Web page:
Tuesday, June 21, 2011

Ron Johnson takes the McKinsey Survey Bait

Ron Johnson made the centerpiece of his run for the U.S. Senate last year his opposition to Obamacare, so it was something of an event when he took to the pages of the Washington Post last week with former CBO director and GOP in-house economist Douglas Holtz-Eakin to foresee doom and gloom on the healthcare horizon:
The other of us [i.e. Sen. Johnson], as a former businessman, knows what it’s like to purchase coverage for employees. There are many employers who would happily get out of the practice of providing health insurance, if they could do it without hurting their workers. Obamacare will encourage them to do so. In the current system, most employers are highly reluctant to drop health coverage for employees because they don’t want their workers to be financially exposed. But under Obamacare, instead of paying $15,000 for family coverage, an employer can choose to pay a $2,000 fine, pay more in cash wages, make his employees eligible for a huge government subsidy and come out ahead. Confident that their employees are also gaining, millions of employers will follow this logic. 
There are at least two enormous problems with this argument. The first is that it's the employer that seems to be saving $13,000 ... and yet still complaining. (The insinuation is that the $13,000+ difference would be picked up by the federal government, thus plunging the country further into debt or necessitating a rise taxes -- I think, it would have been nice of the authors to have explained this point in detail.)

The second is that it might not be necessarily true. Here's Steve Pizer:
Start by asking why employers sponsor health insurance for their employees at all.  The answer is that employer-sponsored health insurance is not taxed, so a dollar contributed to health insurance premiums buys a dollar of insurance while a dollar devoted to wages translates to less than a dollar of take-home pay.  As an employer, if I devote a portion of my compensation budget to health insurance and my competitor doesn’t, the dollar value of total compensation at my company will be greater than at my competitor’s.  I’ll attract the best workers.  So employers sponsor health insurance because the labor market is competitive.  They might wish they could cut these costs or drop health benefits entirely, just like they’d like to cut wages, but they have to consider the realities of the labor market or they won’t be able to hire.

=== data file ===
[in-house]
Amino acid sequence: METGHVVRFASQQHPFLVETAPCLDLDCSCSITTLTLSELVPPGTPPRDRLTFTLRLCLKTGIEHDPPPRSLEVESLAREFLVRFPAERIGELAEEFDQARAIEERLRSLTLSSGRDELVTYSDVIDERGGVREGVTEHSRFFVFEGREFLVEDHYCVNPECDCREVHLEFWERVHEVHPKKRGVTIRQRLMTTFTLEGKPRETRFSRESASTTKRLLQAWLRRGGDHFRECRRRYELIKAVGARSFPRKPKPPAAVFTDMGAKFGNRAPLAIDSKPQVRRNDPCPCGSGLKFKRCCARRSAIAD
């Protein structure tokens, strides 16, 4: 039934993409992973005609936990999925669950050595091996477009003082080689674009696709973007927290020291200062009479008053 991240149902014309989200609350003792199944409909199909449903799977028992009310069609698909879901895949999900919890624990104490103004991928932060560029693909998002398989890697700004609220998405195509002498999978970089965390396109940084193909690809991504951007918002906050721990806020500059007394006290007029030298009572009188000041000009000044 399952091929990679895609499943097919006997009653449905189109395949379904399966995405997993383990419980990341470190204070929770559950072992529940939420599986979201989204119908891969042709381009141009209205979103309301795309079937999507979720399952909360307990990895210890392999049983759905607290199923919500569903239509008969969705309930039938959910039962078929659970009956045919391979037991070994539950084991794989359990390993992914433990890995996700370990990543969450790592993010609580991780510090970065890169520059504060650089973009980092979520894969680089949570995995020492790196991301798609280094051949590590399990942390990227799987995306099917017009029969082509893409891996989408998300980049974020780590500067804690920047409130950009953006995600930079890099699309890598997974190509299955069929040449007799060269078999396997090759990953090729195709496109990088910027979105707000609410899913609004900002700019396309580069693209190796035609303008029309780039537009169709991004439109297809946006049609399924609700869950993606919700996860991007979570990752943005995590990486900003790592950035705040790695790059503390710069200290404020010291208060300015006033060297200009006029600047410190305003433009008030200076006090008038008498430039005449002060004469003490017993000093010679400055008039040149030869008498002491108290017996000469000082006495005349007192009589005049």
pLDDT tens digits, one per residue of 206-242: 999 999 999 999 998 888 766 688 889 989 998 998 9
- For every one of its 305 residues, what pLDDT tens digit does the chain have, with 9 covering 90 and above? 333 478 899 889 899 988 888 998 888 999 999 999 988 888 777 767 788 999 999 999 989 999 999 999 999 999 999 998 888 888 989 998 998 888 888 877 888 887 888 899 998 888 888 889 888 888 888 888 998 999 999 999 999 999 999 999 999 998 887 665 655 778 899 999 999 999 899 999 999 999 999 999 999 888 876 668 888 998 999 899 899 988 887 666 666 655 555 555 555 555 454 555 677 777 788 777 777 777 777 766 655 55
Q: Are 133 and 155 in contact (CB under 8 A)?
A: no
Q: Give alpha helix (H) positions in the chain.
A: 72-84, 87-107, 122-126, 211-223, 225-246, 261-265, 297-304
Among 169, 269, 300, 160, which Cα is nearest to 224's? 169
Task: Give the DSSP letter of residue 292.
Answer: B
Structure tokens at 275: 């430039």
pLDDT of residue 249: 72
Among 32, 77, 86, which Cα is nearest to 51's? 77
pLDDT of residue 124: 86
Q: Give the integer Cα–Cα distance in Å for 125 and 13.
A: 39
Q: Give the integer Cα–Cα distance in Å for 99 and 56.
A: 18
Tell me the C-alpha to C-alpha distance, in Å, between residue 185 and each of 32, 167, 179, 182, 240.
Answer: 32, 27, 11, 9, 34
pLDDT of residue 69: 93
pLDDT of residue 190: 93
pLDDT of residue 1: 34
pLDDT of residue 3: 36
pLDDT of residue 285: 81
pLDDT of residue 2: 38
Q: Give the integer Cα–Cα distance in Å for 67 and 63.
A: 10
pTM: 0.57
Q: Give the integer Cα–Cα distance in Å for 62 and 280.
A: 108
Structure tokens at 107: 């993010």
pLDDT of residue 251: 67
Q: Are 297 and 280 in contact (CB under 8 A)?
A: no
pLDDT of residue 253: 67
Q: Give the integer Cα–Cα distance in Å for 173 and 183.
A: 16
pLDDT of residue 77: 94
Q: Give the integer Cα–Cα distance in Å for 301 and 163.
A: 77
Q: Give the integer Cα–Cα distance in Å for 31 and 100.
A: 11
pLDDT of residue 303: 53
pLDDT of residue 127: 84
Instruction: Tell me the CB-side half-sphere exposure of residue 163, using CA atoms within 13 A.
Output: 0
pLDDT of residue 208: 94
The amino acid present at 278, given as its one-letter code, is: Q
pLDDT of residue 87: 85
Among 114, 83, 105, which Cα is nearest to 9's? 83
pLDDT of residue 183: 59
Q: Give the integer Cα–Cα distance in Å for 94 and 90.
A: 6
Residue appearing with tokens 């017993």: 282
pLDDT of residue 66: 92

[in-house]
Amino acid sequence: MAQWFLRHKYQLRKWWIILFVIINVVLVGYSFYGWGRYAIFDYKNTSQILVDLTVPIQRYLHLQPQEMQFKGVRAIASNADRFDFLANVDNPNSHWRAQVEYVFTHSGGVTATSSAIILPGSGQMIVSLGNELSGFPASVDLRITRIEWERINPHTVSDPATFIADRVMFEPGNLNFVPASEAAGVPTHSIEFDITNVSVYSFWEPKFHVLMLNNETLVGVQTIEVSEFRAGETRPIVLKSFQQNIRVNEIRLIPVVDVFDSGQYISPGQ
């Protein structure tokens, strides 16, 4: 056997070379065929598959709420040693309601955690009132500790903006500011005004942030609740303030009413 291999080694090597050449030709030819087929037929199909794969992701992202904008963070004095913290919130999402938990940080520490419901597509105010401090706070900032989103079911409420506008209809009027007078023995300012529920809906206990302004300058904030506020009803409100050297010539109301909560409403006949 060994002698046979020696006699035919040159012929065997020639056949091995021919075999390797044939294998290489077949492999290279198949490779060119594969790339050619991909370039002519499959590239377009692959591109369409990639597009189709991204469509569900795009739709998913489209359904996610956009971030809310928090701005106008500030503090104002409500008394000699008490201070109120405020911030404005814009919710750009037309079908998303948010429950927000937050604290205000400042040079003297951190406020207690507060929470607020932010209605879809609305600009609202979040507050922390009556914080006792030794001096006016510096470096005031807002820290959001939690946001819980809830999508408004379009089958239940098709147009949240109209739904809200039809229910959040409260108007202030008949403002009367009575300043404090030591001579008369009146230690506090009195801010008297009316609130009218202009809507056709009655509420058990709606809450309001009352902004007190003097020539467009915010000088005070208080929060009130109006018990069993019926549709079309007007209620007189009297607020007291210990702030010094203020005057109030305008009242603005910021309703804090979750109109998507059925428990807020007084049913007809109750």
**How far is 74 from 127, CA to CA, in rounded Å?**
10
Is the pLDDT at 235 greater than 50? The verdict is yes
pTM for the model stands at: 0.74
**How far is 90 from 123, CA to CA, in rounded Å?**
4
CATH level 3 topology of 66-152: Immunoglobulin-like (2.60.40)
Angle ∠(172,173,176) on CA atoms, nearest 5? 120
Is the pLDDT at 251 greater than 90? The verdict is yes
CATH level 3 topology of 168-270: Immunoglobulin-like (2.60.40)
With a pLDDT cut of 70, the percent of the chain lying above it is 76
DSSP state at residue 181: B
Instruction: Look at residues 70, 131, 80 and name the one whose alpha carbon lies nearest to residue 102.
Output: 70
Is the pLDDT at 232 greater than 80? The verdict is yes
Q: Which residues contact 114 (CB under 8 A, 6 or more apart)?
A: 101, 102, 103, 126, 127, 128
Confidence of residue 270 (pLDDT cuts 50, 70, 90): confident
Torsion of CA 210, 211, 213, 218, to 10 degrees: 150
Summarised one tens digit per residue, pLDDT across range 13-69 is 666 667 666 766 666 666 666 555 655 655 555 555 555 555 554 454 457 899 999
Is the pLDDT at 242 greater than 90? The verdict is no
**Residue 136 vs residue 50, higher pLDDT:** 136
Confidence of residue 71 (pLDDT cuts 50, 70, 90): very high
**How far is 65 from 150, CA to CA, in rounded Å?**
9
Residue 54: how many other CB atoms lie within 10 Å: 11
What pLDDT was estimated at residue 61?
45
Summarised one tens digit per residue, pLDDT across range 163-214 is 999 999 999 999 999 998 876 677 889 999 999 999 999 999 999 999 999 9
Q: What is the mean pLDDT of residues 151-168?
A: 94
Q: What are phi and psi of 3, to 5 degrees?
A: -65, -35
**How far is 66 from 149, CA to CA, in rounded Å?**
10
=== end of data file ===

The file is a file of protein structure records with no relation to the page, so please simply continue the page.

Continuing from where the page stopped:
Predicting the effects of the [health care] exchanges is harder, but the fact that access will be limited to those without employer offers simplifies things somewhat.  Most workers will not be eligible for subsidies if they had access to exchanges and the tax benefit is a major factor, especially for higher income workers, so a firm that drops coverage will be cutting compensation significantly for most of its workers.  It’s not likely that many firms will be able to do this unilaterally.
So why does Johnson and Holtz-Eakin think otherwise. Because: